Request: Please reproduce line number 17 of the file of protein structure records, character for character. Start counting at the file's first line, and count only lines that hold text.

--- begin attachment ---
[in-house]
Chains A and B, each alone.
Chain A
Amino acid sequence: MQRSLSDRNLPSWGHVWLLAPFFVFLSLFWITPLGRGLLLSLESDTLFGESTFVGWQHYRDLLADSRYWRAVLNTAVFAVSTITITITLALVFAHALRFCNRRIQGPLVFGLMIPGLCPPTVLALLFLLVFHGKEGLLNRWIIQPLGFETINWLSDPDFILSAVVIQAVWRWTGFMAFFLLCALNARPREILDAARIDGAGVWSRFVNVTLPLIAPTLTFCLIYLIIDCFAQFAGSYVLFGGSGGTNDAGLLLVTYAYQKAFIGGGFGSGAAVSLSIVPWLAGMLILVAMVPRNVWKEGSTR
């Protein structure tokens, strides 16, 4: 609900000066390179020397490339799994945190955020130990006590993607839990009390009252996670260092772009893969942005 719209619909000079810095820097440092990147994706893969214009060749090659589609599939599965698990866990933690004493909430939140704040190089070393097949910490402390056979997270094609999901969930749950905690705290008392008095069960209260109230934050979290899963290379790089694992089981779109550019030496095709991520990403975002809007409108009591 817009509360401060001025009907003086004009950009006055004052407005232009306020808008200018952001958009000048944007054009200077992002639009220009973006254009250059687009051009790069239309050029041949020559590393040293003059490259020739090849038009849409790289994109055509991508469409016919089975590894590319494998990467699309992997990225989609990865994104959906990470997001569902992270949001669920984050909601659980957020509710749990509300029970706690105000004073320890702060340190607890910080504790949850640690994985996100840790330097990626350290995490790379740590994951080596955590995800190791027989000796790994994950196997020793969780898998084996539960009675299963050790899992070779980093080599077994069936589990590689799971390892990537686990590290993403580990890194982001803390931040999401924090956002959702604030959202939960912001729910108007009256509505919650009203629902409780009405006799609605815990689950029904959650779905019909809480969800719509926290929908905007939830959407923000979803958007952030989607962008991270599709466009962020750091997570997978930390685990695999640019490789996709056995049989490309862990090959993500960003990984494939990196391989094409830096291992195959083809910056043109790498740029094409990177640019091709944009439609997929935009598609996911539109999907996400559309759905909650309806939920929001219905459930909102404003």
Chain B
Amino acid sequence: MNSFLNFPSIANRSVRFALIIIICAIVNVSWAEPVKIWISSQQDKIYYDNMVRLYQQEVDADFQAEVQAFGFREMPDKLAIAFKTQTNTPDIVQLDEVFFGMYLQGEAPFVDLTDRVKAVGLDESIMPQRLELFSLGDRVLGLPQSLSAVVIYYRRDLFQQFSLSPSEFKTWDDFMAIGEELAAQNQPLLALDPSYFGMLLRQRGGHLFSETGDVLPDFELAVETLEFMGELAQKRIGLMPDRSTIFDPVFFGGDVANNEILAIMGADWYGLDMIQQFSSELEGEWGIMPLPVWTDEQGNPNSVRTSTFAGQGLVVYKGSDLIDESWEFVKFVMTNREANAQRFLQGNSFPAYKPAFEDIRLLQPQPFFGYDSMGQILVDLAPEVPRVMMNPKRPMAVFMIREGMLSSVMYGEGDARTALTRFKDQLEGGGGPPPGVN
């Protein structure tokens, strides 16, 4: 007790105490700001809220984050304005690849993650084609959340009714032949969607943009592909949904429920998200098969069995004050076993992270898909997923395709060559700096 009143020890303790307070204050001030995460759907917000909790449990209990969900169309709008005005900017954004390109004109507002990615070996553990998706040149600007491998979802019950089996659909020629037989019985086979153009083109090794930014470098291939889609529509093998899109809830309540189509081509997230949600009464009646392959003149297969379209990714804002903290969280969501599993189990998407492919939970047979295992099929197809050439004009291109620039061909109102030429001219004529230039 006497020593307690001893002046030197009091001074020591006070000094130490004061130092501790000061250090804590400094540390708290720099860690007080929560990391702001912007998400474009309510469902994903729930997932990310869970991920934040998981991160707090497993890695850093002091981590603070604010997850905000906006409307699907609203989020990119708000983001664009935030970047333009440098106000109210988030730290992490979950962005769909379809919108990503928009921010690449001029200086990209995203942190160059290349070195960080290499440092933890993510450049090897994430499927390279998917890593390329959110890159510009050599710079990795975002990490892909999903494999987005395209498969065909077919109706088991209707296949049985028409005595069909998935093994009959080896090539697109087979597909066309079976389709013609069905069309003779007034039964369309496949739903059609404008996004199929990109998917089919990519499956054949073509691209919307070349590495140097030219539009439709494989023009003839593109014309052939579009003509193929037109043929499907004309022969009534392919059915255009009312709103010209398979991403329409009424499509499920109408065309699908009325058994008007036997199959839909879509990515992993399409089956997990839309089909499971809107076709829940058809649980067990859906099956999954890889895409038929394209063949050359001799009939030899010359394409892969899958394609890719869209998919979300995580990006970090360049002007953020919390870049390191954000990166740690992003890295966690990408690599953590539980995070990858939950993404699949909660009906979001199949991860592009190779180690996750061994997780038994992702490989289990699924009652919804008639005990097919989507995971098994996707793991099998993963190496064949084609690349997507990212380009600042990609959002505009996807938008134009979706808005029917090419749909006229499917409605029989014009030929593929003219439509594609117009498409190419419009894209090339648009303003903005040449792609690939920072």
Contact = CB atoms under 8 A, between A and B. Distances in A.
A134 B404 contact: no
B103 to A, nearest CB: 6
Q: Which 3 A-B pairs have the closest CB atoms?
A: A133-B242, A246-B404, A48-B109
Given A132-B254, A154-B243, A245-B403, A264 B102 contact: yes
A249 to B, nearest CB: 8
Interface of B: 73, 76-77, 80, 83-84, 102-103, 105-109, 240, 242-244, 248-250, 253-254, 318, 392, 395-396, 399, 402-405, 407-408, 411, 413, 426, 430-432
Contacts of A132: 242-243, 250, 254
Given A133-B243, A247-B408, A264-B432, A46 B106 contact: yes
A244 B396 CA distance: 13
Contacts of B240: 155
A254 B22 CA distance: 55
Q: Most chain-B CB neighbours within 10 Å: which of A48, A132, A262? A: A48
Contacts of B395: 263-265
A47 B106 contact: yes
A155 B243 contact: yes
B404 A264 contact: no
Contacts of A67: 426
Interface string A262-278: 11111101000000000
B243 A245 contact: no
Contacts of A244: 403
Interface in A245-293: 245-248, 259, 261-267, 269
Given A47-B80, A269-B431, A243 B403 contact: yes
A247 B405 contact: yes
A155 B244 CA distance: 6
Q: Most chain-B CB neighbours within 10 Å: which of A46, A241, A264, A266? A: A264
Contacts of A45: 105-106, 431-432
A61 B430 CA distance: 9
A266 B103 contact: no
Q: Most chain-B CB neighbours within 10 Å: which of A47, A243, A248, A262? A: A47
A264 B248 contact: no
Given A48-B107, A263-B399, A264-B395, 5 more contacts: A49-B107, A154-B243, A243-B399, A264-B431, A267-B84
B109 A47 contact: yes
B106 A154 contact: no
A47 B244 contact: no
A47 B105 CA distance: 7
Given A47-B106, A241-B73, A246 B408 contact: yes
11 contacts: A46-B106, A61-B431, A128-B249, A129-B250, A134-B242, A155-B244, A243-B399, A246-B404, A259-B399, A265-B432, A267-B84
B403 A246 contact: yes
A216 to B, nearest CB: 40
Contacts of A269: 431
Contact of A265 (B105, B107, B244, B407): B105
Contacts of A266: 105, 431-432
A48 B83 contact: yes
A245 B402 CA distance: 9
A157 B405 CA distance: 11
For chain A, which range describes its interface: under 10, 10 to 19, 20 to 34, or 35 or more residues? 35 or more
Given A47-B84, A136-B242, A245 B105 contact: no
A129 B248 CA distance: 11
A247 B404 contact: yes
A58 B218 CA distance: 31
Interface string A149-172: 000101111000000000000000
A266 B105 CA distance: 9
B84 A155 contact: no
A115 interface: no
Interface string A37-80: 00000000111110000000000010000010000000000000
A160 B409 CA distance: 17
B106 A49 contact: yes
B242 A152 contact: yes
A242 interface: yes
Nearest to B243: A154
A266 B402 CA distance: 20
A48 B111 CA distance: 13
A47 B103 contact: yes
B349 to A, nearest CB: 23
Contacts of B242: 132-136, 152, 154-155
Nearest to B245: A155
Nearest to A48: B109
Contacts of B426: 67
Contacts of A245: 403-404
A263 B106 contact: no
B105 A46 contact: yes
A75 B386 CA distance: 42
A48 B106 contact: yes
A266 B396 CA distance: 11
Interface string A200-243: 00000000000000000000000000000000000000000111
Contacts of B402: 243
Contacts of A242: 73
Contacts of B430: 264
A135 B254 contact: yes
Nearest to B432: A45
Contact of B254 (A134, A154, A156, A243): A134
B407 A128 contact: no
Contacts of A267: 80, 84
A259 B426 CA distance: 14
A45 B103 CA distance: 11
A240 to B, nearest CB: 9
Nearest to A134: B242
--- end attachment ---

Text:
Contacts of A132: 242-243, 250, 254